In the past my anxiety would have paralysed me to the point where every waking thought would be about our trip and how I was going to manage.  I would try and micro manage every aspect of the the travel and work myself into such a frenzy that I would have a panic attack just thinking about it.

Now, not so much.   It is still stressful and I still panic and worry, but not incessantly.  I've got a few little tricks up my sleeve that help me cope.  Needless to say, I was okay for most of the time, except for the Saturday morning. I woke up tired and unsure of the day's plans - being organised and in control does help significantly.  When the plans had been made and we were about to leave I could feel it coming on.  That familiar feeling in my stomach and the sweaty palms.  I tried breathing deep and thought diversion - no cigar.  I went for my big guns - Imodium and half a Valium and within ten minutes I was okay.   Now I know this is not the only way to manage anxiety, and it is probably not the way "experts" would recommend.  However when I am in the grip of anxiety this works for me.

The fact this works will often stop me having an attack in the first place without the need to take anything.  Just knowing I can "stop" my anxiety is enough.  Sometimes deep breathing is all I need to do and other times just redirecting my thoughts will work.  Other times, I need to call in my big guns.  That is just how it is.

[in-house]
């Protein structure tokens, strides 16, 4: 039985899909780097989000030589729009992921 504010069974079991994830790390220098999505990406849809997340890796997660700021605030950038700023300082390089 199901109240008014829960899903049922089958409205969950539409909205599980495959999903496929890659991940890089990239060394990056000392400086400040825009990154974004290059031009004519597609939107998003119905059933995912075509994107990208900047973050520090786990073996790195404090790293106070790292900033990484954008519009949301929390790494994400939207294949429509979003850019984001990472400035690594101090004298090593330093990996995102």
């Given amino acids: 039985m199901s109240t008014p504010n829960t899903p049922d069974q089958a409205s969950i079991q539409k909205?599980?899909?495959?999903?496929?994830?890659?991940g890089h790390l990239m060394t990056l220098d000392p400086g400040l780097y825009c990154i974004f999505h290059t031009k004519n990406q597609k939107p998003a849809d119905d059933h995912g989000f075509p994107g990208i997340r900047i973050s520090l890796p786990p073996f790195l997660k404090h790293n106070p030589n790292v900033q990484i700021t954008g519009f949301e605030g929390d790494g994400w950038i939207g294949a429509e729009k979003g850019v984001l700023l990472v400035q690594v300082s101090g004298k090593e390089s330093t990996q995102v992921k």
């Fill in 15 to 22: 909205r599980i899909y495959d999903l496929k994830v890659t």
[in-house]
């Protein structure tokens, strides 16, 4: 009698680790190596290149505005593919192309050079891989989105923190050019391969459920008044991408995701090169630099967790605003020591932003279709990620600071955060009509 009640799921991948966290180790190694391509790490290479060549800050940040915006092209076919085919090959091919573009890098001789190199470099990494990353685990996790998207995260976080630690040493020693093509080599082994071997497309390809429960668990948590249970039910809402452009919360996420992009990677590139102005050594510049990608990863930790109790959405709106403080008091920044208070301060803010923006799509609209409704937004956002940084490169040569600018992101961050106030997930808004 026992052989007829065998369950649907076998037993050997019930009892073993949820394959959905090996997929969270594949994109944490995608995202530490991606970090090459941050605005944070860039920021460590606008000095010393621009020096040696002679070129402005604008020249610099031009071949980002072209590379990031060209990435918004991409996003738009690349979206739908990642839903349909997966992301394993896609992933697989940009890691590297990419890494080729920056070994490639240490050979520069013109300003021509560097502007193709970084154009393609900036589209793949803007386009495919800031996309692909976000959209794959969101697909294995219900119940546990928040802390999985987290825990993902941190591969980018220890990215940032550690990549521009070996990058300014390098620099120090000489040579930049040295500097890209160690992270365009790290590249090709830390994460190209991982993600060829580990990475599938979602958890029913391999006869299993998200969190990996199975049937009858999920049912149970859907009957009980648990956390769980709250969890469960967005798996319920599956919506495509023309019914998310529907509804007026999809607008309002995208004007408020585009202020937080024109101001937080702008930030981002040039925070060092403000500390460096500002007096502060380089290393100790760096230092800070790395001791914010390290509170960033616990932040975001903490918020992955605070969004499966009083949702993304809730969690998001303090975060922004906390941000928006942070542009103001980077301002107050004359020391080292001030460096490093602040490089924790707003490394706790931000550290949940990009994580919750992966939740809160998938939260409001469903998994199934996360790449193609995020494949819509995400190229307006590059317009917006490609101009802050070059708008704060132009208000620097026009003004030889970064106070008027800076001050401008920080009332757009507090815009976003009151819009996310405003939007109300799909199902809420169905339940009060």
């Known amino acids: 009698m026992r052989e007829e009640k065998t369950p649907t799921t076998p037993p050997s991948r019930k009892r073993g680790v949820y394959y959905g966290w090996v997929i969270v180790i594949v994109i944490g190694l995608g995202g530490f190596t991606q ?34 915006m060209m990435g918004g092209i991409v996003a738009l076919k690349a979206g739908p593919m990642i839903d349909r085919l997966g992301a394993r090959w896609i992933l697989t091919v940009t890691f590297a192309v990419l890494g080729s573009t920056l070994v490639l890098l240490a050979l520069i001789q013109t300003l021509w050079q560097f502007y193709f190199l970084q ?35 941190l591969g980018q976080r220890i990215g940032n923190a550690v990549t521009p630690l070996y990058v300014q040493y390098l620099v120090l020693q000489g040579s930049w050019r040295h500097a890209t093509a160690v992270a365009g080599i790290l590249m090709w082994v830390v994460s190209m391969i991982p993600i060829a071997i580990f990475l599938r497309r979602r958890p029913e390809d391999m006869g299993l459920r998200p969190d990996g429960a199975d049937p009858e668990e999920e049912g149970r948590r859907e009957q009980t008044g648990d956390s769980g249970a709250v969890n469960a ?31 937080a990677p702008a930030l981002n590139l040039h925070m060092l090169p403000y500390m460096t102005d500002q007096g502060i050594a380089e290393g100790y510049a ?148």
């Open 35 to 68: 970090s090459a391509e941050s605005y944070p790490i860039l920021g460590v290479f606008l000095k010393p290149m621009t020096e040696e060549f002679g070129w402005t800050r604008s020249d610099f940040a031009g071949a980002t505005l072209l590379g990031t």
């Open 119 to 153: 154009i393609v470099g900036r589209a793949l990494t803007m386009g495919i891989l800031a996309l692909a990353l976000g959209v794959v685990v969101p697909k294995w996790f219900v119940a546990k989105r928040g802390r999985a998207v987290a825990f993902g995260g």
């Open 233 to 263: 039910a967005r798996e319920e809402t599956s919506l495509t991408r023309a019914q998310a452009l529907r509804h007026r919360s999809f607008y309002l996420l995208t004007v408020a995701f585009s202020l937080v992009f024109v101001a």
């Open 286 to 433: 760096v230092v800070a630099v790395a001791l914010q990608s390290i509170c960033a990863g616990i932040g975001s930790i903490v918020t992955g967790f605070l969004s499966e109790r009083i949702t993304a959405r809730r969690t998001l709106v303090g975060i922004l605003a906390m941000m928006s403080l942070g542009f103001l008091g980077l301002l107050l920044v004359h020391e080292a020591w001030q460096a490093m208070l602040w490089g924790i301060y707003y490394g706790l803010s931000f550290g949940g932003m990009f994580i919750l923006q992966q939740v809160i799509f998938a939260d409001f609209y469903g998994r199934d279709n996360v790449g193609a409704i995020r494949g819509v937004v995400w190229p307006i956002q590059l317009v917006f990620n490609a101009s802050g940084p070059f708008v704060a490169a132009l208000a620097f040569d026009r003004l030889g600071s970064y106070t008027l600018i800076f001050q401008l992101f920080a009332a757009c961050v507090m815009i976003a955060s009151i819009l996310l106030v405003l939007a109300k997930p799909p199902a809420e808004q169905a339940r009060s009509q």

During my fifteen years of dealing with anxiety and panic attacks I have found the key to managing it so it doesn't paralyse me has been finding what works for me.  Anxiety is so unique to each person.  We all have our own triggers and our anxiety manifests in different ways, which is why something that works for me might not work for someone else.   Finding that thing that gives you peace of mind helps to keep the anxiety hiding in the shadows.  So far I've not found the holy grail to eliminating it from my life entirely, but for now I can manage.

Let's all keep talking about anxiety. Sometimes simply sharing your anxiety with someone else can be enough.

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Sunday, May 1, 2011

A Conversation I Never Thought I'd Have

On Thursday I had the absolute pleasure of being Richard Fidler's guest on Conversations.  It was such an honour to be interviewed by the man I have always called the "Andrew Denton" of radio.  In my humble opinion both Richard Fidler and Andrew Denton are the two best interviewers Australia has ever produced.